US Senate passes resolution to avoid government shutdown

CHARLESTON, W.Va. — The U.S. Senate passed Thursday a stopgap funding measure to keep the federal government open until mid-December, with the House of Representatives slated to consider the resolution on Friday.

The Senate passed the matter in a bipartisan 72-25 vote; Sen. Shelley Moore Capito, R-W.Va., and 21 other Republicans joined Sen. Joe Manchin, D-W.Va., and Democrats in approving the item.

The continuing resolution provides enough funding to keep the federal government operating through Dec. 16. Lawmakers need to approve a funding measure before Saturday — the start of the new fiscal year — to avoid a government shutdown.

The resolution includes more than $12.3 billion in aid for Ukraine, $2 billion for block grants helping areas impacted by natural disasters and $1 billion for assisting low-income individuals and families with heating costs amid rising energy prices. Legislators also allocated $18.8 billion to FEMA’s natural disaster response campaigns, including upcoming efforts following Hurricane Ian.

The debate regarding the continuing resolution in the weeks ahead of Thursday’s vote centered on the inclusion of language related to energy permitting. Manchin and Senate Majority Leader Chuck Schumer, D-N.Y., previously agreed to consider permitting changes as part of the deal on the Inflation Reduction Act, and Manchin wanted permitting as part of the funding measure. The agreement also included the completion of the Mountain Valley Pipeline, the 303-mile system capable of transporting natural gas from West Virginia to Virginia once finished.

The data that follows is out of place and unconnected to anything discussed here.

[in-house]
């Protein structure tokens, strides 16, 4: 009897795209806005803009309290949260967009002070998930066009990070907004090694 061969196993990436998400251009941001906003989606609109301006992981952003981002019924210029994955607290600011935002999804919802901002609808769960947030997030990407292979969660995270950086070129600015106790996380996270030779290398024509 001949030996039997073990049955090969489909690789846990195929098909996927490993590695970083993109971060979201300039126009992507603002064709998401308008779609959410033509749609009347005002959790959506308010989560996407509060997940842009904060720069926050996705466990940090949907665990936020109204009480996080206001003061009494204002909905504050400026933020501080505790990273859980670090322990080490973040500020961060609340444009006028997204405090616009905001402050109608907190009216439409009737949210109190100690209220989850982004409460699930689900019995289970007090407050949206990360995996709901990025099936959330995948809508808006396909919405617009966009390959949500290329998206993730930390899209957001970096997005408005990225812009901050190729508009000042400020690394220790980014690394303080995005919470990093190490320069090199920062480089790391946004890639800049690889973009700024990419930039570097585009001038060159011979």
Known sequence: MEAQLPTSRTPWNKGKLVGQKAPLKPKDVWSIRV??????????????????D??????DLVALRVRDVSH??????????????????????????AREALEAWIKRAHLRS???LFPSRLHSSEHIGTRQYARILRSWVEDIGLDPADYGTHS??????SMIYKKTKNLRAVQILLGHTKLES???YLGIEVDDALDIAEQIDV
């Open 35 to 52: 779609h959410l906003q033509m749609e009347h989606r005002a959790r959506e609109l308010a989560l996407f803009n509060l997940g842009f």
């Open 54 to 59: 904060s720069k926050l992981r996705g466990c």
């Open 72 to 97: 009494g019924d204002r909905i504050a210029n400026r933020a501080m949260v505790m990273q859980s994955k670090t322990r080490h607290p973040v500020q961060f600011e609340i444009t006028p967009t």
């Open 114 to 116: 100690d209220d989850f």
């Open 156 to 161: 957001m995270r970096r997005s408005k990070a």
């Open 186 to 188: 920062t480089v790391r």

Manchin asked Schumer to remove language from the funding bill on Tuesday amid a struggle to get Republicans and Democrats to support permitting changes in the continuing resolution.

“Sen. Manchin, myself and others will continue to have conversations about the best way to ensure responsible permitting reform is passed before the end of the year,” Schumer said Tuesday on the Senate floor.

Manchin noted Tuesday that Congress should pass permitting legislation, but lawmakers should work to ensure the government can remain open.

“We have a responsibility to prevent economic catastrophe for the American people and I urge my colleagues on both sides of the aisle to continue to work toward a compromise on the FY23 funding to avoid yet another extension that hurts the American people and our priorities,” he said Thursday in a statement.





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